News / Asia

Lower Mekong Countries Urge Halt to Lao Dam Project

FILE - A man casts a fishing net on the Mekong riverbank in Phnom Penh, Cambodia.
FILE - A man casts a fishing net on the Mekong riverbank in Phnom Penh, Cambodia.
VOA News
Officials from the Mekong countries of Cambodia, Thailand and Vietnam are urging Laos to halt development of a dam project that could have a significant impact on downstream communities and ecosystems along the river.

Cambodian, Thai, and Vietnamese delegations visited the site of the planned dam on Wednesday. All three countries have expressed their concerns over the project.

Tek Vannara, head of Cambodia's NGO Forum, a consortium of organizations, told VOA Khmer he was still concerned after the visit to the Don Sahong dam site.

"If they block the fish migration passages by building this dam, some fish species will surely be lost," he said.

He added that the dam would affect at least 6 million Cambodians living either near the site or along the Mekong River or Tonle Sap lake.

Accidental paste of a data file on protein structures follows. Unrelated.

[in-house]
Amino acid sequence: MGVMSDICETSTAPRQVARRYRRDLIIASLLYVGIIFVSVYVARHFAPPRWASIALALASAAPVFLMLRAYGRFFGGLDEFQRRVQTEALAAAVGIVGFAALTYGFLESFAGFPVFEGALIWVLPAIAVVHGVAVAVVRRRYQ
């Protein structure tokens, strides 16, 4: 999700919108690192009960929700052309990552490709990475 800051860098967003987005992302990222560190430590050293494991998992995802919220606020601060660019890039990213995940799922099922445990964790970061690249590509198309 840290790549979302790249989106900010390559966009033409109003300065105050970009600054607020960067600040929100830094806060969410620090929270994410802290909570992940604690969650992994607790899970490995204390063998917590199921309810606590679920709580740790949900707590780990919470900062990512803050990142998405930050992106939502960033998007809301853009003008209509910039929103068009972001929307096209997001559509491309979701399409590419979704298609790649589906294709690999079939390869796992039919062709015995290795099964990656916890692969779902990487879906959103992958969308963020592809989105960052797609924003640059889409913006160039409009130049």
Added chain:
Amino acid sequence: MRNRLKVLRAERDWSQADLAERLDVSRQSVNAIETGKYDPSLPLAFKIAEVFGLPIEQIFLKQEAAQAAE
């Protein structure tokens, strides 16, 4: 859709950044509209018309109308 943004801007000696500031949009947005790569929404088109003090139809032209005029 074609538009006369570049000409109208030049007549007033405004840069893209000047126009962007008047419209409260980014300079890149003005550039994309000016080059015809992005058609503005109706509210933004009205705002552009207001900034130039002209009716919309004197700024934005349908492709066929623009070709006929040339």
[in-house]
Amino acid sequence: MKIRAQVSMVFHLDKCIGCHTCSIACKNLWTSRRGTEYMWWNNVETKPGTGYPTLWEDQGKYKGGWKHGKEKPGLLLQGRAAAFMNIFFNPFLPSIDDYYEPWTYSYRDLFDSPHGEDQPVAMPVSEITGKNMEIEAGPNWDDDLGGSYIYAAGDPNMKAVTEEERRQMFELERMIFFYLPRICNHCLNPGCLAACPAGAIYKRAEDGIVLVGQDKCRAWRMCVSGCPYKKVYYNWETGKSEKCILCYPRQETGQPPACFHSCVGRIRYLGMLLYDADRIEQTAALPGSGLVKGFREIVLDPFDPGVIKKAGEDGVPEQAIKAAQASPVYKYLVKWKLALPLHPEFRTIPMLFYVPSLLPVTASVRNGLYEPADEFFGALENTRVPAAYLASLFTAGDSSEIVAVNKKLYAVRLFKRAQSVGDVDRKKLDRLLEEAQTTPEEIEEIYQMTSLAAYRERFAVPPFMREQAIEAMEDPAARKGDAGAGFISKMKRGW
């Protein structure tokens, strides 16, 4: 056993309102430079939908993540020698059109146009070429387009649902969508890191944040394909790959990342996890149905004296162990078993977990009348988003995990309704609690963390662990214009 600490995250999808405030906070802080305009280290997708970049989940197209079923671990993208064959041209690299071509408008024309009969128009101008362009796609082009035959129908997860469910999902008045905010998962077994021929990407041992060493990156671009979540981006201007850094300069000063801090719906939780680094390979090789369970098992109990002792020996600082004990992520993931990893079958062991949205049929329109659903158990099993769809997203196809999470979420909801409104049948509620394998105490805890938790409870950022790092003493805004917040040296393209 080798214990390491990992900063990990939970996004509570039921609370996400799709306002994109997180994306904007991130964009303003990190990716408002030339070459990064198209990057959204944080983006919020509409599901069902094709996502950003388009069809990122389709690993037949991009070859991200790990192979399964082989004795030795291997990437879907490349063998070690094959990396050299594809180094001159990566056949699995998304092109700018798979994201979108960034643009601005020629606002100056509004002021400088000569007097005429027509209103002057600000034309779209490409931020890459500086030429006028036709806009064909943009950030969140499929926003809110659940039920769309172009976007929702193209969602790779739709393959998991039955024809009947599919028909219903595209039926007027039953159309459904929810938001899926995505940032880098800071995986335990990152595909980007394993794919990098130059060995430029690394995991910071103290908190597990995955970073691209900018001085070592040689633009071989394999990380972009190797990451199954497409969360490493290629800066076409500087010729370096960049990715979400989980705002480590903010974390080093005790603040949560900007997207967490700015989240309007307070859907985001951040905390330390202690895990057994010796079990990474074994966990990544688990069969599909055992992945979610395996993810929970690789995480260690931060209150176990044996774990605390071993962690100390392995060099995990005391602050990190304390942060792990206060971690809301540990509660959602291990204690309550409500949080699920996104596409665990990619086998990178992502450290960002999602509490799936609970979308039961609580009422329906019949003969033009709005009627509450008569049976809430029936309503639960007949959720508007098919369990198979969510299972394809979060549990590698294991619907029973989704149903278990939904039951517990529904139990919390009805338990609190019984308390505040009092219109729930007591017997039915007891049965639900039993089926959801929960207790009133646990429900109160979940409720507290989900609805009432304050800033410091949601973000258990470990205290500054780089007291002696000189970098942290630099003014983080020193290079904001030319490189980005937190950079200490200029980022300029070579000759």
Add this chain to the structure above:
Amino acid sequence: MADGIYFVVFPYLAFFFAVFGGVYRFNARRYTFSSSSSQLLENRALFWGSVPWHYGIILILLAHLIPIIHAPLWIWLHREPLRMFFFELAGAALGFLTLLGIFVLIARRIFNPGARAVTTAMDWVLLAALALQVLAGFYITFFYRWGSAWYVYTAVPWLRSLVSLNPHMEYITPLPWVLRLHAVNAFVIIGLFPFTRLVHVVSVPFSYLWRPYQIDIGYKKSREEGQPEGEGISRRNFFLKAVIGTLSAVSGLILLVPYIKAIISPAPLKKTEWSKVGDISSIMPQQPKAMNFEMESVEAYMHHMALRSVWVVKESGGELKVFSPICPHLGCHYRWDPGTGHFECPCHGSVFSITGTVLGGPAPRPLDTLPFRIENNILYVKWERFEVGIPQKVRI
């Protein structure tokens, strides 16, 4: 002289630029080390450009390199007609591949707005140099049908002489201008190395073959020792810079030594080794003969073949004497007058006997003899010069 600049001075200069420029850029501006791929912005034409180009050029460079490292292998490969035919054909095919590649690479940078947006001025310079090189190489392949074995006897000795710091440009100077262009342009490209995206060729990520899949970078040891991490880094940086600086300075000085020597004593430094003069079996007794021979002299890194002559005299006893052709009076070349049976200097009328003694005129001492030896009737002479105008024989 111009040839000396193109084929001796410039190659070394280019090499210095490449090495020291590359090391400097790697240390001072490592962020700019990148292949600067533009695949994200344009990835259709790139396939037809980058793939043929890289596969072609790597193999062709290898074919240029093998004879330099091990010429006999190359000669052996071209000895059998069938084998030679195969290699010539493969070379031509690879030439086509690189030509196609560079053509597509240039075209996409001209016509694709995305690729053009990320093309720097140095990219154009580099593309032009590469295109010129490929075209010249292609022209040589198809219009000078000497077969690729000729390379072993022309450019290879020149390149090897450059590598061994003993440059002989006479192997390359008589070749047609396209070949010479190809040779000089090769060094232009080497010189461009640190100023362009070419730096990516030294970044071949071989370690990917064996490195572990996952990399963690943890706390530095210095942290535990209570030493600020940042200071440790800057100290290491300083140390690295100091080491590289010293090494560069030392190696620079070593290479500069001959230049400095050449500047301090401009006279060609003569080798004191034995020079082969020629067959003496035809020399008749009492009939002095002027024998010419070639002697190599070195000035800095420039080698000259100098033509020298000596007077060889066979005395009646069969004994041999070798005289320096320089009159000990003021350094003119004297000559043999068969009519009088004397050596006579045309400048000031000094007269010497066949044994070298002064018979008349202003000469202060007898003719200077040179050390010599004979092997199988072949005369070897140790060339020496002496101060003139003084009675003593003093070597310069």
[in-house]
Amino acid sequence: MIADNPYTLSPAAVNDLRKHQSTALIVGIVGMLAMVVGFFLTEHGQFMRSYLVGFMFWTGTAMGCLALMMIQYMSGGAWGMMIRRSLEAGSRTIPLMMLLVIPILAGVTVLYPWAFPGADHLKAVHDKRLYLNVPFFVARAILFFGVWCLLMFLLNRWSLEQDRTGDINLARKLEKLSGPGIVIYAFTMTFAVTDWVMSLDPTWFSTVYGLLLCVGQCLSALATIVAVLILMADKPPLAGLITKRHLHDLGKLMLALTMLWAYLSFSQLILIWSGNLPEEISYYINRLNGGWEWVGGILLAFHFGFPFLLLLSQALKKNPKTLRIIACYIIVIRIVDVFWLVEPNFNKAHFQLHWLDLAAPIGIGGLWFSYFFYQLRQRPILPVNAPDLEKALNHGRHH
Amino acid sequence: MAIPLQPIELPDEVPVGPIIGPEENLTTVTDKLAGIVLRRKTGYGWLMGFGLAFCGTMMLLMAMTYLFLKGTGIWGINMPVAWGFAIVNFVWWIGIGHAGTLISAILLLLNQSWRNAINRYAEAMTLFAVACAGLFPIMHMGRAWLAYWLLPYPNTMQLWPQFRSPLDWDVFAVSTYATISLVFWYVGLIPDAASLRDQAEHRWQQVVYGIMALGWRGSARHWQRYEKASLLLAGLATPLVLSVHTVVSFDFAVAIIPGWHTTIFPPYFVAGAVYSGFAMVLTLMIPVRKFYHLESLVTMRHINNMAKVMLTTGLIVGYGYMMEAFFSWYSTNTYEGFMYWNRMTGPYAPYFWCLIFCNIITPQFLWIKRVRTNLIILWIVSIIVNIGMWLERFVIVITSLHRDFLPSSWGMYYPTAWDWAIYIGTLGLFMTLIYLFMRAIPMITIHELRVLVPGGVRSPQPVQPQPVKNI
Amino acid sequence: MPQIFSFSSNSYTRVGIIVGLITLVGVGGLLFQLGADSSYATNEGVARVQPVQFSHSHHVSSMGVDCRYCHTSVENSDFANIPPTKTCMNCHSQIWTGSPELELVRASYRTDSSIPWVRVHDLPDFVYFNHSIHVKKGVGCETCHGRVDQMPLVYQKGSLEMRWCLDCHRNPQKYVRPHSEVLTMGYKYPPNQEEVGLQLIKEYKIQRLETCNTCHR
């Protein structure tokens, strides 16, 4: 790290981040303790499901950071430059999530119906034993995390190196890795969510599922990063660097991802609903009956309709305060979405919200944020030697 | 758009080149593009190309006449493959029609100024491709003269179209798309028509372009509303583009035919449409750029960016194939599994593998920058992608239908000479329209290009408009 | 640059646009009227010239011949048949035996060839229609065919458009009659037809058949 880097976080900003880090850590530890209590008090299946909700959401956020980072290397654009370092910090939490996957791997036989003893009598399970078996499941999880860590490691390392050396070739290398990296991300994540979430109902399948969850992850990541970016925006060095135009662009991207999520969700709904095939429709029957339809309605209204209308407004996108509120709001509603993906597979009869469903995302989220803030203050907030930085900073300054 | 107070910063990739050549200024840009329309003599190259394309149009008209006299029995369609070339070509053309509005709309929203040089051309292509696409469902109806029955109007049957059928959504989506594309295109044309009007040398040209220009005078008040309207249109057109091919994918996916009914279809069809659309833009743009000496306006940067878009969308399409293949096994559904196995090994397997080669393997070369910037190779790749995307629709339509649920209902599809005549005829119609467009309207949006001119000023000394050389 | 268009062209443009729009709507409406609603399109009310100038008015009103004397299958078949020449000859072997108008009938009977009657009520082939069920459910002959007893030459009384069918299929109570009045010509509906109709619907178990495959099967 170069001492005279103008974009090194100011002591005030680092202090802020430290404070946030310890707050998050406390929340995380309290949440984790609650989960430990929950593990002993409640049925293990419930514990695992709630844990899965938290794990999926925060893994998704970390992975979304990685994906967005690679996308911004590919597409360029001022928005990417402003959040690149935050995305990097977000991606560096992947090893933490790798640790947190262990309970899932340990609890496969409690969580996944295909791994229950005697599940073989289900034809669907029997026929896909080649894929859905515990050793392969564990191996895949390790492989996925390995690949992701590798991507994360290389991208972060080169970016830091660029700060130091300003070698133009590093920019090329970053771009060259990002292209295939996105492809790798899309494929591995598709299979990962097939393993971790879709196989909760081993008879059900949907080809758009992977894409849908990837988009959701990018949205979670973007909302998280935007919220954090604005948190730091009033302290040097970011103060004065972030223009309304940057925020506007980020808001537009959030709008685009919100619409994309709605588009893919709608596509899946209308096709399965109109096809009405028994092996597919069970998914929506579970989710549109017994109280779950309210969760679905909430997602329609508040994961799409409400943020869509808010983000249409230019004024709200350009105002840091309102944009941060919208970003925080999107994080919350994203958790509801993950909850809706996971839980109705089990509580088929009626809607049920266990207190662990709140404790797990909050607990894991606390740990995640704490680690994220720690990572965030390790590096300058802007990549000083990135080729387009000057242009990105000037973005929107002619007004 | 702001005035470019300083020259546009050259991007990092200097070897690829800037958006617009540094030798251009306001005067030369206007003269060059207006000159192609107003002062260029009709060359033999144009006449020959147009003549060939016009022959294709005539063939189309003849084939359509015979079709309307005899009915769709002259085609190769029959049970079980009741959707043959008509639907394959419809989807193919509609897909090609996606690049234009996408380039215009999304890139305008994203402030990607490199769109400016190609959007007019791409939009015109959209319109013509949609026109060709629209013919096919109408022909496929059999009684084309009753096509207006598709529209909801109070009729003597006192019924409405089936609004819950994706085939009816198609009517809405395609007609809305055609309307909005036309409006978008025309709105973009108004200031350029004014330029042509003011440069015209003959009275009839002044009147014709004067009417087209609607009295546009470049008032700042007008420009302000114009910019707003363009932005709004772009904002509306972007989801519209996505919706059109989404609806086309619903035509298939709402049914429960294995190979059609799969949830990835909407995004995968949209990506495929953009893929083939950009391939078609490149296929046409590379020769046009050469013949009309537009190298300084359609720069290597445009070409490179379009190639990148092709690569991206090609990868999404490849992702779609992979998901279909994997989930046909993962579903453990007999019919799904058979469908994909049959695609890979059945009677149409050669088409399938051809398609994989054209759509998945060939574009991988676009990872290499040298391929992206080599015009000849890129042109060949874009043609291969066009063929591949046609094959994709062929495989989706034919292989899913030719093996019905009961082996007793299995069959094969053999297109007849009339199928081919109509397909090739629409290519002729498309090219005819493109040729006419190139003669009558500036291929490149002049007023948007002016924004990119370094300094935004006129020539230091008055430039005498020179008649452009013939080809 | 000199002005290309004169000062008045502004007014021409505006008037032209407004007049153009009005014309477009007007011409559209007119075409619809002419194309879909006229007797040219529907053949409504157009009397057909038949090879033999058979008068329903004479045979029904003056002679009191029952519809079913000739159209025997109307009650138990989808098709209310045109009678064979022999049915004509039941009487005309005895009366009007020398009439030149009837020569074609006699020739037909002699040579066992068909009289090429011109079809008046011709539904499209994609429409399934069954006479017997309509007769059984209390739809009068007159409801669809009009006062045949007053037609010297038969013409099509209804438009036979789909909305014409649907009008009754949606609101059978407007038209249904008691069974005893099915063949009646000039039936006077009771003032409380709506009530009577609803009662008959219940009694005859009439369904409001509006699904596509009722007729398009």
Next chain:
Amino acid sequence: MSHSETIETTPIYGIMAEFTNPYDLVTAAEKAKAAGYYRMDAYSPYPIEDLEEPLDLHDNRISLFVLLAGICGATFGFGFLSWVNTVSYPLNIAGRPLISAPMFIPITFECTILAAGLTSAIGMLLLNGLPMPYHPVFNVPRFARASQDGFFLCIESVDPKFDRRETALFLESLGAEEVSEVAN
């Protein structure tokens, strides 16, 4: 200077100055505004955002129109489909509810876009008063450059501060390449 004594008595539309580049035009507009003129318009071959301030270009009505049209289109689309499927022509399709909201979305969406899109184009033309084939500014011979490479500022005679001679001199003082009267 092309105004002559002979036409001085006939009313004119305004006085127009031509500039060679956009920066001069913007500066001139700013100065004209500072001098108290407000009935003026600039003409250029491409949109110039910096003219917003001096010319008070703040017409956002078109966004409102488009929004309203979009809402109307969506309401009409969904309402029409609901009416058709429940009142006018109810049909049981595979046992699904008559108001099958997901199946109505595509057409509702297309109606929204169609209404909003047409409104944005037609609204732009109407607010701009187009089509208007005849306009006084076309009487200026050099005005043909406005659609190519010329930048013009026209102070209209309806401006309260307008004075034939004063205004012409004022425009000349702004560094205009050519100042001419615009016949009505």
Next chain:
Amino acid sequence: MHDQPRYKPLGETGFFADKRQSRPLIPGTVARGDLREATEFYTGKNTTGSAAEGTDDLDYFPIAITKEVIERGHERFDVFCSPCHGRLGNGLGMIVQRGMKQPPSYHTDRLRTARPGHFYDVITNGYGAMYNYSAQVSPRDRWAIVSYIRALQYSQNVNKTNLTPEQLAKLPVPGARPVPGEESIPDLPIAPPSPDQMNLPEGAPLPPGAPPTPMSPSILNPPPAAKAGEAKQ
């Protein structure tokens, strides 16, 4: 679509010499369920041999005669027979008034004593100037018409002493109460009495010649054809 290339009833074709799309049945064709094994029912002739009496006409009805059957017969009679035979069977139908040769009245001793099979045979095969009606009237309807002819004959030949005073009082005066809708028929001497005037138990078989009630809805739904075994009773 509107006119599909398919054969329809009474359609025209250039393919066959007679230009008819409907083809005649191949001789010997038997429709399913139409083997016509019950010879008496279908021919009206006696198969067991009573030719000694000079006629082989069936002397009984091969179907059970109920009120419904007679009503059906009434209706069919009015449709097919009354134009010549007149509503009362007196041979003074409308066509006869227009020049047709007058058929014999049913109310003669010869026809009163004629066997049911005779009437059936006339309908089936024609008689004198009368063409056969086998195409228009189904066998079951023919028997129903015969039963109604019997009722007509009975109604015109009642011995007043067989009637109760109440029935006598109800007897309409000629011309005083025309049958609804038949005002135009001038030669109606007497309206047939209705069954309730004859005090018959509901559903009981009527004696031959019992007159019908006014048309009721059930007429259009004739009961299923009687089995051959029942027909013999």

Lao officials said they were conducting the project transparently and with the proper safeguards.

Sin Niny, permanent vice chair of Cambodia's National Mekong Committee, said Cambodia has maintained its position that Laos should stop the project and conduct more environmental assessments.

"We demand that Lao study in details as requested by other countries along the Mekong before starting the dam construction," said Sin Niny.

Meanwhile, more than 50 environmental and development organizations are preparing to submit a letter to the Mekong River Commission, an inter-regional body formed to tackle river issues, voicing their concerns over the impact of the dam.

This report was produced in collaboration with the VOA Khmer service.

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